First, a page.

More specifically, according to the parties, only one legal issue and one factual issue are presented: What exactly is an "explicit" finding of "no benefit" within the meaning of § 24-803 (d)? Did the sentencing Judge, in denying YRA treatment, make such an explicit finding? Nonetheless, two of my colleagues, joining in a two-paragraph Concurring opinion by Judge KING in Peterson -- and eschewing any analysis of applicable case law or any reference to legislative history -- have reached out to answer a very significant question without offering the parties the traditional opportunity to file supplemental briefs on an issue the court has decided to reach sua sponte. *fn2 This unprecedented action is especially unfair in light of the fact that appellants, as well as the government, had every reason to believe that this court understands -- and indeed has held - that the YRA requires an explicit "no benefit" finding before denying YRA treatment. See (James) Smith, 597 A.2d at 382 n.11; (supra) note 1. *fn3

I therefore believe that both the Veney and the Peterson divisions are bound to follow (James) Smith's Conclusion that an explicit "no benefit" finding is required, see (supra) note 3, unless and until that broad holding is overruled by the en banc court. See M.A.P. v. Ryan, 285 A.2d 310, 312 (D.C. 1971). *fn4 Having failed to persuade my colleagues of that fundamental limitation here, I shall discuss, first, why -- as (James) Smith holds -- the YRA requires an explicit "no benefit" finding every time a trial Judge denies an eligible youth offender's request for YRA treatment. I will then explain why appellant Veney is entitled to resentencing based on the trial Judge's failure to make the required "no benefit" finding this case.


In order to show why both the Veney and Peterson divisions are bound by our decision in (James) Smith, I essentially summarize in this part of the opinion the (James) Smith analysis, initially demonstrating what this court already has held and then outlining several reasons why the court's presentation in Peterson, in derogation of (James) Smith, falls short. Thereafter, in Part II. of the opinion, I discuss in greater depth the Supreme Court's decision in Dorszynski v. United States, 418 U.S. 424, 41 L. Ed. 2d 855, 94 S. Ct. 3042 (1974), analyzing the now-repealed Federal Youth Corrections Act on which our local YRA is based, in order to show why Judge KING'S simple textual interpretation, assertedly based on "unambiguous language of the statute," Peterson, slip op. at 14, is clearly untenable.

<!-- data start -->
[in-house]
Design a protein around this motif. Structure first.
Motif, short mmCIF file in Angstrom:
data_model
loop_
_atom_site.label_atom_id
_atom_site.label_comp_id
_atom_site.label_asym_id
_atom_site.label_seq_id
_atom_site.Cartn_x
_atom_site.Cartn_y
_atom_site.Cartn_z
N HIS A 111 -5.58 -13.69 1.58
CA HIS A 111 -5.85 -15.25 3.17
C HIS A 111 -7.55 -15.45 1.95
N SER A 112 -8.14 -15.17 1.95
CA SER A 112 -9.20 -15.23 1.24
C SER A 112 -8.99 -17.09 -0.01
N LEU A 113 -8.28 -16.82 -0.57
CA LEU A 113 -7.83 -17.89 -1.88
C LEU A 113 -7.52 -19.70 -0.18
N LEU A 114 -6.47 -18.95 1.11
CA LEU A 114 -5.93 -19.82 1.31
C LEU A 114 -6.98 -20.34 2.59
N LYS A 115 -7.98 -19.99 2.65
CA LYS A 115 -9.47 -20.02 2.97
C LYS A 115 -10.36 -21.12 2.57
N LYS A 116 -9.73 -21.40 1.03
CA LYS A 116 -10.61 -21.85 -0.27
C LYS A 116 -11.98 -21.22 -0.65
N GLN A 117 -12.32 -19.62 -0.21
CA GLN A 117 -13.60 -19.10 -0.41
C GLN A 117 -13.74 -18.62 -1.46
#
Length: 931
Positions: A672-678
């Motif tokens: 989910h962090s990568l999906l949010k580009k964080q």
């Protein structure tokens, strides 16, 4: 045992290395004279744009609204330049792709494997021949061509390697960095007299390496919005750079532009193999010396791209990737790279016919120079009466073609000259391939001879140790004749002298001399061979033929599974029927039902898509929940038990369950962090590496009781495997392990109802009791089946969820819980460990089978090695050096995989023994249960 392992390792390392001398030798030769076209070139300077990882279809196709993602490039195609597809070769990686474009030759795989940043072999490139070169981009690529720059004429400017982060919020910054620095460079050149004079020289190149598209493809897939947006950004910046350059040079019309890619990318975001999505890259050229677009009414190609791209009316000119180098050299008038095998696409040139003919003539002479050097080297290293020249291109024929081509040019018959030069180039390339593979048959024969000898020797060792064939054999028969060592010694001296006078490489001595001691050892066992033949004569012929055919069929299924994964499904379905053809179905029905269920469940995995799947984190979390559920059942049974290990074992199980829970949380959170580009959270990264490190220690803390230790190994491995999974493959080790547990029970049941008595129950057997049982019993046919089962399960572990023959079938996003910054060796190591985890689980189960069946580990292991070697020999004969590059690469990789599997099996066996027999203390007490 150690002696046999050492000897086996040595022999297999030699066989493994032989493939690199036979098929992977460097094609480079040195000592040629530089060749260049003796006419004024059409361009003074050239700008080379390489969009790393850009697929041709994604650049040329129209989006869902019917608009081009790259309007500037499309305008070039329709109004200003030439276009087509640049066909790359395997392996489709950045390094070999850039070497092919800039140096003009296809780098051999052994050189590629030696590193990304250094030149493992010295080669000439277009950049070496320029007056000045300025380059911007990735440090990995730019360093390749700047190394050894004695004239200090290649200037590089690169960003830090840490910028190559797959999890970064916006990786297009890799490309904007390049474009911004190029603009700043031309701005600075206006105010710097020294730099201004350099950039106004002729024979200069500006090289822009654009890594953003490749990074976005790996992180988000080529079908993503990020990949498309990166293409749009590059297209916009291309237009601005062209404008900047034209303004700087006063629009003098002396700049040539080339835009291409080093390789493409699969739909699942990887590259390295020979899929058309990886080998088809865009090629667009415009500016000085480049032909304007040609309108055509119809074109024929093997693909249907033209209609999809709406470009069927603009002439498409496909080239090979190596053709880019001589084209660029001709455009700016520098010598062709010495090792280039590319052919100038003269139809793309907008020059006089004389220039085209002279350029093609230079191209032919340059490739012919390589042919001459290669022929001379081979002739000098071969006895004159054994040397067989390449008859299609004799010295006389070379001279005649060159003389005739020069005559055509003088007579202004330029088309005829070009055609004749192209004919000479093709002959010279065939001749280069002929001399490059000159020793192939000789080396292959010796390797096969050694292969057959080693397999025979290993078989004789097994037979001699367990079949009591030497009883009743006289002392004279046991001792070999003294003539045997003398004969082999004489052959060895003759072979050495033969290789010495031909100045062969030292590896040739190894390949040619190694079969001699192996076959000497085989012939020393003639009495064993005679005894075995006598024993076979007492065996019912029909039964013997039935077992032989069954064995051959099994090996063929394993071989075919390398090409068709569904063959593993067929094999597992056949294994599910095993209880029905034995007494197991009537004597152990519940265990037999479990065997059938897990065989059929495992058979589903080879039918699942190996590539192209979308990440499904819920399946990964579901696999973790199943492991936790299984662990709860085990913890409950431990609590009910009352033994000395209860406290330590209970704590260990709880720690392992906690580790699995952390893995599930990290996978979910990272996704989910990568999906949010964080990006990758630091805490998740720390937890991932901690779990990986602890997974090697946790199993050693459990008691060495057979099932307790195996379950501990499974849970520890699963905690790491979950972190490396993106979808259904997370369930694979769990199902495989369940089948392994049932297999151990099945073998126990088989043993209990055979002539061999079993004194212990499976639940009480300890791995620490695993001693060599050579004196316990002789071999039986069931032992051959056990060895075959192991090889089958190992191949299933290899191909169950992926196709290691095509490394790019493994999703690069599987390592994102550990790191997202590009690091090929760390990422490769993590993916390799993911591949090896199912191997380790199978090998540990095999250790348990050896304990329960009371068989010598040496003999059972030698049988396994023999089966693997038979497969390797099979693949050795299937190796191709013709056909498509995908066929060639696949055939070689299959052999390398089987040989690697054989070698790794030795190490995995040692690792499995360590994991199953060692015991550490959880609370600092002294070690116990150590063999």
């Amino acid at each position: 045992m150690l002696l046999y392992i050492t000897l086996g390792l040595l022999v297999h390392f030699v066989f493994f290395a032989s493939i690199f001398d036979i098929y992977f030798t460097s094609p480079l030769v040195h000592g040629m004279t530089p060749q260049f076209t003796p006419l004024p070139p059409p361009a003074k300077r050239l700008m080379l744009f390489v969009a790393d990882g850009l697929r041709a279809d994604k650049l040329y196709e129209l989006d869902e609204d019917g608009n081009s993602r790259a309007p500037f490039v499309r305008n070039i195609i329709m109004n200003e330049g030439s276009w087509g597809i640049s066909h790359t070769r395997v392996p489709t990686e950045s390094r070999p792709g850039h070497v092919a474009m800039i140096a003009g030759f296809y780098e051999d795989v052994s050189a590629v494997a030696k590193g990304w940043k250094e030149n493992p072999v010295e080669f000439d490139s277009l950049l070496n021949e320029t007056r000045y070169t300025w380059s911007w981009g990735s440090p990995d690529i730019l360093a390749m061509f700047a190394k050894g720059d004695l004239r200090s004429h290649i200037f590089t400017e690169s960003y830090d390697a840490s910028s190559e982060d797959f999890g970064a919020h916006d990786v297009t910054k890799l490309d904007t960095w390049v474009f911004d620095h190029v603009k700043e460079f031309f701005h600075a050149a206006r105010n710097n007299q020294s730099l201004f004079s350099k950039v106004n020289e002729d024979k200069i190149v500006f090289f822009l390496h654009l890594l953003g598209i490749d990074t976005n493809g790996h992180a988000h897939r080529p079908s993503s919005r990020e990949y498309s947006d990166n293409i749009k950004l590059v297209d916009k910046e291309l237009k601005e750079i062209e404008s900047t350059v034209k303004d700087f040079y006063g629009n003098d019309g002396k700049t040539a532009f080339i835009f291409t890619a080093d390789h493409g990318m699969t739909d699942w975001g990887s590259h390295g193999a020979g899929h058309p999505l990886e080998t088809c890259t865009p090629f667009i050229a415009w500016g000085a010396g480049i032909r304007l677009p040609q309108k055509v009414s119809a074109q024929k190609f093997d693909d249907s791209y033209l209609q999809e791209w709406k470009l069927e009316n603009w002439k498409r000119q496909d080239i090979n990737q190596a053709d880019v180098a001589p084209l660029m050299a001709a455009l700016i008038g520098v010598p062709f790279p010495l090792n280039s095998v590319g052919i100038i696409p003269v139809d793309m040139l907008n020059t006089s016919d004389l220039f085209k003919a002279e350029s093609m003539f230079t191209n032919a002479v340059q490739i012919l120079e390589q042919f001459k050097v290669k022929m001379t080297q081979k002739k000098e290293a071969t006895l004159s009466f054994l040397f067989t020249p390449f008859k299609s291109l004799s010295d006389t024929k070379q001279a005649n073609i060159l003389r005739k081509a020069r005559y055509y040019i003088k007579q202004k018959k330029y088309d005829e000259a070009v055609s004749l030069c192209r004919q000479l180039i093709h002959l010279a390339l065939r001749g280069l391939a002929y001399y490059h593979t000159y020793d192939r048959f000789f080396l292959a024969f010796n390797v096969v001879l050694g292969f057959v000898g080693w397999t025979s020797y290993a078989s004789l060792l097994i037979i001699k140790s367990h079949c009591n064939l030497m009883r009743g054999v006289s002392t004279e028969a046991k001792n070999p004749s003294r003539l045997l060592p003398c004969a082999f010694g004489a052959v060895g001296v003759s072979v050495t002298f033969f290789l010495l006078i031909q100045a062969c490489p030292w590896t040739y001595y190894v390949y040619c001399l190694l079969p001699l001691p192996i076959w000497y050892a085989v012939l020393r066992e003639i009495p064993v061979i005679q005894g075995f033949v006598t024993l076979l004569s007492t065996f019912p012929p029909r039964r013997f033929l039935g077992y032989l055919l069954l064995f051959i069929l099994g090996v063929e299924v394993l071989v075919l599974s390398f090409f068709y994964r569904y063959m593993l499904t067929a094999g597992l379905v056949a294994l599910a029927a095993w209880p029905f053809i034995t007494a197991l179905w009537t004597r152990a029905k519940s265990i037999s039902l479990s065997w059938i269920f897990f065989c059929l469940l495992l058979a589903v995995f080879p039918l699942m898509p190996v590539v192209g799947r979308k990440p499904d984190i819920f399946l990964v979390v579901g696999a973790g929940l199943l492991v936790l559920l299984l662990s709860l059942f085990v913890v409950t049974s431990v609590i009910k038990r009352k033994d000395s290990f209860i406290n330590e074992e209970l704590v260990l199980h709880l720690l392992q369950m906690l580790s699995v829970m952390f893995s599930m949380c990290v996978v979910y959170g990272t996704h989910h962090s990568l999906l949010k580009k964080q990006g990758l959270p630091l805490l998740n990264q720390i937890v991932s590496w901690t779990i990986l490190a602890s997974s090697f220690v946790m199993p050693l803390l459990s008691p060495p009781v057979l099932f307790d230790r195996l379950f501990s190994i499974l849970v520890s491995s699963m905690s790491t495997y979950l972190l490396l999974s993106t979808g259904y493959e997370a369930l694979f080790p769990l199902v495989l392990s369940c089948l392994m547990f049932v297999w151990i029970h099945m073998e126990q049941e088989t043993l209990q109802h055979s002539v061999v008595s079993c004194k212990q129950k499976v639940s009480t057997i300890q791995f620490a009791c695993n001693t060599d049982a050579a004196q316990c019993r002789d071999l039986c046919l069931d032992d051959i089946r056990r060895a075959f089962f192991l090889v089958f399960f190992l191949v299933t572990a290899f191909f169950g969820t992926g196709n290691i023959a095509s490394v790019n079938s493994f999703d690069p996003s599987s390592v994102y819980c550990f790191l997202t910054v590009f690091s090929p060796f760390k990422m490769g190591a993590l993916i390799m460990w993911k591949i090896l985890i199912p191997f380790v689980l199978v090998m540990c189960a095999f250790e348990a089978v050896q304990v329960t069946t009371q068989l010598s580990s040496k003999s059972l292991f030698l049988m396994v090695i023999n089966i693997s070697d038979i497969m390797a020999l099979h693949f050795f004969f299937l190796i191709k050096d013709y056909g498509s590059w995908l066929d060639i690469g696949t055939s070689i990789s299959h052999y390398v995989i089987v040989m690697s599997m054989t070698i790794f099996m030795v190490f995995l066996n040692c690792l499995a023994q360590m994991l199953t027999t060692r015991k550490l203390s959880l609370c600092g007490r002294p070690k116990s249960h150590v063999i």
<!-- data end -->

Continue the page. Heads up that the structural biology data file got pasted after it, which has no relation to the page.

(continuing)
I begin by quoting in full the relevant provisions of the YRA, D.C. Code § 24-803 (1989), listing the trial court's YRA sentencing alternatives:

(a) [provisions concerning probation]

(b) If the court shall find that a convicted person is a youth offender, and the offense is punishable by imprisonment under applicable provisions of law other than this subsection, the court may sentence the youth offender for treatment and supervision pursuant to this chapter up to the maximum penalty of imprisonment otherwise provided by law. The youth offender shall serve the sentence of the court unless sooner released as provided in § 24-804.

(c) Where the court finds that a person is a youth offender and determines that the youth offender will derive benefit from the provisions of this chapter, the court shall make a statement on the record of the reasons for its determination. The youth offender shall be entitled to present to the court facts that would affect the decision of the court to sentence the youth offender pursuant to the provisions of this chapter.

(d) If the court shall find that the youth offender will not derive benefit from treatment under subsection (b) of this section, then the court may sentence the youth offender under any other applicable penalty provision.